For the cycling fanatics, it is also the season in which bike races start. Limburg, with its Dutch mountains is also the ideal place for bike races such as the Amstel Gold Race. It is nice to see the cyclist pass by, with the thousand of spectator standing at the sidelines yelling and admiring. Of course, right after the race you can create your own track and set a new record.
Tip 3: Keukenhof and Flower Parade
When you think of spring in Holland, you think of mesmerizing tulip fields, enchanting daffodil fields and hyacinth fields filling the air with their spring perfume. Keukenhof is a must see when you are in the Netherlands around Easter. The park is dedicated to the tulip and other spring flowers. It is a beautiful park where you even get to shoot some good pictures of all that the Netherlands has to offer: a field of tulips in front of a windmill where a girl dressed in Dutch folklore clothes sells cheese.
A very popular spring festival is the flower parade, in Dutch we call it Bloemencorso. These parades are in the bulb flower region, that means in the area of Leiden, Lisse en Haarlem. It’s a great parade to see the beautiful spring flowers and the creativity of the locals, who work on the floats for months.
Both Keukenhof and the Flower Parade are big attractions and they welcome thousands of visitors from every part of the world. If you don’t want to be in a traffic jam of tourist buses for hours or are curious about the many other festivals & activities in the area, just take a look at Flower Festival Lisse for some original ideas. Cycling through the spring flower fields is -of course- one of my favourite ways to pass time and I would definitely recommend you to add it to your visit to the Netherlands in spring.
Tip 4: Cheese Markets
Enough about flowers, let’s talk about cheese. The cheese market season also starts in April. It’s one of those spectacular spring events in the Netherlands that is not to be missed when you come and visit. There are markets in Gouda, Alkmaar, Edam, Hoorn and Woerden. Cheese farmers and traders meet on the market square to negotiate the price of the cheese, Dutch cheese girls offer tastings of different cheeses and there are many special activities. It’s a great outing for the whole family.
To see where and how the Dutch -Gouda- cheese is made, I would really recommend you to add a visit to a cheese farm and a historical cheese warehouse.
Tip 5: King’s Day
King’s day is on the 27th of April and Dutch love to celebrate this on the streets. Amsterdam is an orange heaven and should be visited on this dat, but be aware: on the 27th itself everything is fully packed, trains are full, roads are full, streets in Amsterdam are full. If you really want to be in Amsterdam on the 27th go to the city a couple of days before and make sure you have your accomodation booked long before, because Amsterdam will be crowded.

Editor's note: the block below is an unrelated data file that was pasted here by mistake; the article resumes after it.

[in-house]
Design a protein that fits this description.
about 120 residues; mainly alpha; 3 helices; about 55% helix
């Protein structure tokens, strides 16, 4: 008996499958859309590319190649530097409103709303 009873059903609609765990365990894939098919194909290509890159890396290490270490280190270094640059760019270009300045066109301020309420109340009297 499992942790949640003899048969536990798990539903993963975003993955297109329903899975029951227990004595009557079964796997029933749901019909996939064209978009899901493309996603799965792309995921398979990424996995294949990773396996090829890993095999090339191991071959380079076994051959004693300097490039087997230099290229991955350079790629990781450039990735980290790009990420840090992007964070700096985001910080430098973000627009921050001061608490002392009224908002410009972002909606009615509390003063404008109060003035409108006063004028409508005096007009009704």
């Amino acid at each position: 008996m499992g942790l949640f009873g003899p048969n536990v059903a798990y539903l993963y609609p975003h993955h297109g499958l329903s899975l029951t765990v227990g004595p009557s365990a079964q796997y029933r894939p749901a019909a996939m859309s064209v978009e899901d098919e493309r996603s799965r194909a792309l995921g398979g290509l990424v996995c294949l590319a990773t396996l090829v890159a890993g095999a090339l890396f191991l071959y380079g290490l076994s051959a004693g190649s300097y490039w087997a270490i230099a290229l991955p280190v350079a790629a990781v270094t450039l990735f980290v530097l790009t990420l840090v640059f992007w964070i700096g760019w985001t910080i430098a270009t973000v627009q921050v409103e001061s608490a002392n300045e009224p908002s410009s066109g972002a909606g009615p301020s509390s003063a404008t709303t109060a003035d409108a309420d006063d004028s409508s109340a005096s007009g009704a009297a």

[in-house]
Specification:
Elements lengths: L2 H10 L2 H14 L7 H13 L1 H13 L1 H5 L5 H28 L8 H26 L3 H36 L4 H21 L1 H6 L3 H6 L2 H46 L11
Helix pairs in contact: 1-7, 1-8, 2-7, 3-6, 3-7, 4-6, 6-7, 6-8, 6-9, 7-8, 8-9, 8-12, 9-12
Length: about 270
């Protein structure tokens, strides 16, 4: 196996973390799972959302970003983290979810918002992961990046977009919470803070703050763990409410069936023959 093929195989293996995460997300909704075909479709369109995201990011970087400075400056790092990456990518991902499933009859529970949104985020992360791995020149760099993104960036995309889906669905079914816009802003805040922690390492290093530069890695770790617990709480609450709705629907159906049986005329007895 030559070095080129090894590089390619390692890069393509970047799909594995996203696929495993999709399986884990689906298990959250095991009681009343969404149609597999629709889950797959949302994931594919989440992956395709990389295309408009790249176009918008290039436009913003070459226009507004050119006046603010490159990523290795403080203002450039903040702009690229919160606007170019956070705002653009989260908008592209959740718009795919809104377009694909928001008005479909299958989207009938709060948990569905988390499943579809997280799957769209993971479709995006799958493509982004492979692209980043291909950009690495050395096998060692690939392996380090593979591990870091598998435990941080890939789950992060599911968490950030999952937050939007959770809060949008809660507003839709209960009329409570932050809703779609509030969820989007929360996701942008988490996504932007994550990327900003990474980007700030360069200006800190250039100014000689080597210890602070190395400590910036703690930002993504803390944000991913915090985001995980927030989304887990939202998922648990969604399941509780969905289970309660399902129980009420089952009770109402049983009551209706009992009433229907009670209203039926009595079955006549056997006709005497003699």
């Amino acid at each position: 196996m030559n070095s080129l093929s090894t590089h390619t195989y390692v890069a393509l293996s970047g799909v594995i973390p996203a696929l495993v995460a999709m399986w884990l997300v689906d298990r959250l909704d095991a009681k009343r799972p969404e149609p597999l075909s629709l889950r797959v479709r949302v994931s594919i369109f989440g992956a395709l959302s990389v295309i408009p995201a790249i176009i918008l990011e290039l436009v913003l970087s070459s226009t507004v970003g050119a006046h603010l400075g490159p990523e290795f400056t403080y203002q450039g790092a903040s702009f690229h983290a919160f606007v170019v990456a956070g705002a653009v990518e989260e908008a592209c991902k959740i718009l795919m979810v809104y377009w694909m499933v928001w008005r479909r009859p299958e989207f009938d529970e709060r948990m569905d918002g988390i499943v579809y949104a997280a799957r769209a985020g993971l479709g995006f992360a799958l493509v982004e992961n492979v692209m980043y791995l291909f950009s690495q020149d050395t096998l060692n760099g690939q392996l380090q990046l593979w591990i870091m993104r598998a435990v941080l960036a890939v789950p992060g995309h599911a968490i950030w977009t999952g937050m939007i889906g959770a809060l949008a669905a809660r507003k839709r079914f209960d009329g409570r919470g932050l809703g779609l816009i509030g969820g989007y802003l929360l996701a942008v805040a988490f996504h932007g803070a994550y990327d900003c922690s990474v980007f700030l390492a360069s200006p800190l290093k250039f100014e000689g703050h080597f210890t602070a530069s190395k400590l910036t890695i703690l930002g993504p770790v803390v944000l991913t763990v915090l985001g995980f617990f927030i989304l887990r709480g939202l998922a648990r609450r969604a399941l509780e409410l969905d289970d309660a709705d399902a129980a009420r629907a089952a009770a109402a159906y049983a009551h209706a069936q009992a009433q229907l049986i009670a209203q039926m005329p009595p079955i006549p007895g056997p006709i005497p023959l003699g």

I have been in Amsterdam once on King’s Day and I have to say I didn’t really like it. To get there it takes a lot of patience and walking around in the city is a real pain: it’s just too busy for my liking. I prefer other cities such as Utrecht or The Hague, where every neighbourhood has their own flea market and you can play old Dutch games. Nevertheless, if you want to have an authentic King’s Day experience try celebrating it in a small city or even a village. It’s much easier to get connected with the locals and the celebration is much more intense as it’s much smaller and intimate.
Now King’s Day doesn’t start on the 27th of April, but the evening before. On the 26th in the late afternoon I would suggest you to go to The Hague to celebrate the Life I Live festival. Bands are playing everywhere, special theatre shows are organised and there are lots of things to do and see. It is one of the few nights this very special atmosphere can be sensed in The Hague, people are just having fun and there’s a common vibe everyone can feel.
Tip 6: Liberation Day
Shortly after King’s Day Day the Dutch commemorate the people who died in World War II, during peace operations or in war situations. The day after, the 5th of May it is Liberation Day, the day that we celebrate the end of World War II and think about the meaning of freedom. For this we have special Liberation Festivals in different cities in the Netherlands, where bands and known Dutch artists perform. This website gives you more information about who is performing where and what other activities are planned.
Tip 7: Museumweekend
Spring in the Netherlands means being outdoors. But, if the weather is bad, you can always enjoy the musea. In april Dutch musea organise special activities in a weekend that is cleverly called Museumweekend. Entrance in the musea is for free or you pay very little.